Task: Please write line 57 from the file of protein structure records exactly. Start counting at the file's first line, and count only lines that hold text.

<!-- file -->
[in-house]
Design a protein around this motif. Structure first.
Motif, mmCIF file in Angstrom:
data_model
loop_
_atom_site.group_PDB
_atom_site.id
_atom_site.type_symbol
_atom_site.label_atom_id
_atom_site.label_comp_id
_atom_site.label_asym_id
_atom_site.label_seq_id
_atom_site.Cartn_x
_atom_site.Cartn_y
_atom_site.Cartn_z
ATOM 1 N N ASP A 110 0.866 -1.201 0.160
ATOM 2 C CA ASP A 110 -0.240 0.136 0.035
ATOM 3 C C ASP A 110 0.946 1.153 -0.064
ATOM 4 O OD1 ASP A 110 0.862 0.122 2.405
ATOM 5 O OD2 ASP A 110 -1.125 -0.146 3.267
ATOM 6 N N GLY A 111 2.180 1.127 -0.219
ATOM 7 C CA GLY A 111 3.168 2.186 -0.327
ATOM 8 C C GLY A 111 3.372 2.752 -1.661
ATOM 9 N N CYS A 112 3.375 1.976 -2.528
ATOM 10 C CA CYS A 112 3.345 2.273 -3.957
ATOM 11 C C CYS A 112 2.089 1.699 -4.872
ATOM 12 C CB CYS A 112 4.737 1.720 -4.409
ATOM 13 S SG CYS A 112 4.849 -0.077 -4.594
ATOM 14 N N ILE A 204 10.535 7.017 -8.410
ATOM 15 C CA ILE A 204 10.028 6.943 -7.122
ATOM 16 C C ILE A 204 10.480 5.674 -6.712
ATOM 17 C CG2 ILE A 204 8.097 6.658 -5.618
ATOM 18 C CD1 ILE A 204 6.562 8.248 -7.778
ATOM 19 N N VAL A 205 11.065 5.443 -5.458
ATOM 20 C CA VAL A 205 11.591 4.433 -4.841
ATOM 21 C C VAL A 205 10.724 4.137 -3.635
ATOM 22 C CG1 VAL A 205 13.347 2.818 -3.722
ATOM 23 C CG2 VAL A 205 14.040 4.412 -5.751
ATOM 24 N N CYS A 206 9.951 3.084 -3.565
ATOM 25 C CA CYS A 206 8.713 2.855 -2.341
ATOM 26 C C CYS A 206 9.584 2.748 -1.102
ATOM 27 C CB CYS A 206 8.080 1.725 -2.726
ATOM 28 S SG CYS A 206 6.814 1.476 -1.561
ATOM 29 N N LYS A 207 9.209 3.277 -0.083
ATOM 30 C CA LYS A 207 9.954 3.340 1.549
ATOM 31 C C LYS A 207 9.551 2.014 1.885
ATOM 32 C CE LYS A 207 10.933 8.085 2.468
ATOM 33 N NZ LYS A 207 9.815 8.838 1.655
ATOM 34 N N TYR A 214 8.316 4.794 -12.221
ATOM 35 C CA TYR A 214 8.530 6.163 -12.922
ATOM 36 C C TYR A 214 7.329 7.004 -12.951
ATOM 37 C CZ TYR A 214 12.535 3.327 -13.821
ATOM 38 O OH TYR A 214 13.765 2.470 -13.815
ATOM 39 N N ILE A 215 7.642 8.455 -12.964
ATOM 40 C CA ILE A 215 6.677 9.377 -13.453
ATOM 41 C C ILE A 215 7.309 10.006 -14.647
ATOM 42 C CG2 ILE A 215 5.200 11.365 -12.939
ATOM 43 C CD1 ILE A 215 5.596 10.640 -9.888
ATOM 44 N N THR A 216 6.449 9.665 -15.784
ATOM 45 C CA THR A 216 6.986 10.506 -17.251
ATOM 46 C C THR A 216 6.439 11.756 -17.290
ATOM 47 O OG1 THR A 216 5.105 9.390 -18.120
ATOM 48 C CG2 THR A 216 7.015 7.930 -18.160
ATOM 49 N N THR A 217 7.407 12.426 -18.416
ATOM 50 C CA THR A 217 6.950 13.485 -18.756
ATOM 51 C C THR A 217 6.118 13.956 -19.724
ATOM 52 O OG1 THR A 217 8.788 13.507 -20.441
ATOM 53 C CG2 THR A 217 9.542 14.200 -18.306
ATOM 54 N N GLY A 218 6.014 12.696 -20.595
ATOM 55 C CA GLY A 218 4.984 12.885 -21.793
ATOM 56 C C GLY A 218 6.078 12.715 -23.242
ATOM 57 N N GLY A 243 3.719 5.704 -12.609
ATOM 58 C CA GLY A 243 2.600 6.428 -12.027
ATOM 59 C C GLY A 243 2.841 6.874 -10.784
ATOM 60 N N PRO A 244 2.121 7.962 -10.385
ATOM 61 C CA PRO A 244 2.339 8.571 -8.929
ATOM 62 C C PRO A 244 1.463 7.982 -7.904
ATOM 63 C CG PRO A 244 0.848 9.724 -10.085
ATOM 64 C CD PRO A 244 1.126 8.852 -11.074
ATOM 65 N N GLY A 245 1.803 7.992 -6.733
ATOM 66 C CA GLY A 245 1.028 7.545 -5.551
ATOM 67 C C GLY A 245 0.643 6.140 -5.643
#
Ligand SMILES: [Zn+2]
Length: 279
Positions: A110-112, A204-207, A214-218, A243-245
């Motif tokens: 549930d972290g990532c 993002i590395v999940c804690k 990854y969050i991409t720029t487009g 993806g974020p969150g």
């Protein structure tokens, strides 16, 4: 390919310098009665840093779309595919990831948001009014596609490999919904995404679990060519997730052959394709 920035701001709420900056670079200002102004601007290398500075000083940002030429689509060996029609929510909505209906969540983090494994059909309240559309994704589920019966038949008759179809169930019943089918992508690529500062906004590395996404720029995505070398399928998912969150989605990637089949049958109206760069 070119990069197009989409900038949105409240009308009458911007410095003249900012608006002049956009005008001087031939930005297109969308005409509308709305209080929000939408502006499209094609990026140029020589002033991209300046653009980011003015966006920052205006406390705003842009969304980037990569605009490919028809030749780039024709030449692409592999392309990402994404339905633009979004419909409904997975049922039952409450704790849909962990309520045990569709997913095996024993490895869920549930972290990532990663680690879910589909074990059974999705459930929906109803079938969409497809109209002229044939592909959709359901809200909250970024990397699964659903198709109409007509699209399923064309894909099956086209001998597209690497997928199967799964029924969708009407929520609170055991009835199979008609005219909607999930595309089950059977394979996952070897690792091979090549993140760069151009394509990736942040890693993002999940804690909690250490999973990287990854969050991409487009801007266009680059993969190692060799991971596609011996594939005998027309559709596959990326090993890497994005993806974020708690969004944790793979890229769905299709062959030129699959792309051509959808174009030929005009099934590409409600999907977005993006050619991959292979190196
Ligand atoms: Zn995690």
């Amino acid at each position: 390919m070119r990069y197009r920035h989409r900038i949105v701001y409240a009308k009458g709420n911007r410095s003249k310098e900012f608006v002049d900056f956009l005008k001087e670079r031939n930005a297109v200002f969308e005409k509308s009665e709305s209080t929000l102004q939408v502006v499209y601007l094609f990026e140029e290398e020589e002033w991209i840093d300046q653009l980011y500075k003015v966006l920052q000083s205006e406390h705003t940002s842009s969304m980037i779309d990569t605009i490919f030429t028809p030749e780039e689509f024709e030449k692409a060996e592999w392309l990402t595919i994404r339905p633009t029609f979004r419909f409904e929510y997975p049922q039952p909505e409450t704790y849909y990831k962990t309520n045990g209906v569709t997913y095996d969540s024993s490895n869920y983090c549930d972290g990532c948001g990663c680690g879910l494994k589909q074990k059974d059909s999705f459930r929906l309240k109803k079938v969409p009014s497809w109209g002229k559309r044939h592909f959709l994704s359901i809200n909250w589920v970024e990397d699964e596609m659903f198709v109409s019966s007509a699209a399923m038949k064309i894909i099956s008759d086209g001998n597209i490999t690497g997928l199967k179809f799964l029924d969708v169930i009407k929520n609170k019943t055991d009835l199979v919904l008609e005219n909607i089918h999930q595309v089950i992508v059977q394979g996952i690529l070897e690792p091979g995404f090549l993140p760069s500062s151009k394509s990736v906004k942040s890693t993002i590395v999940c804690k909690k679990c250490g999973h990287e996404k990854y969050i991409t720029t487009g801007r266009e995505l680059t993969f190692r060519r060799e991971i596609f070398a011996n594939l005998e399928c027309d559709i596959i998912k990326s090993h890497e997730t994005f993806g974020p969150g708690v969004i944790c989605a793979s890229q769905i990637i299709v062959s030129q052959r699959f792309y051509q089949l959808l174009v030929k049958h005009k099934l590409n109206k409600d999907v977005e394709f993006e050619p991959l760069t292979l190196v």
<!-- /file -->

ATOM 42 C CG2 ILE A 215 5.200 11.365 -12.939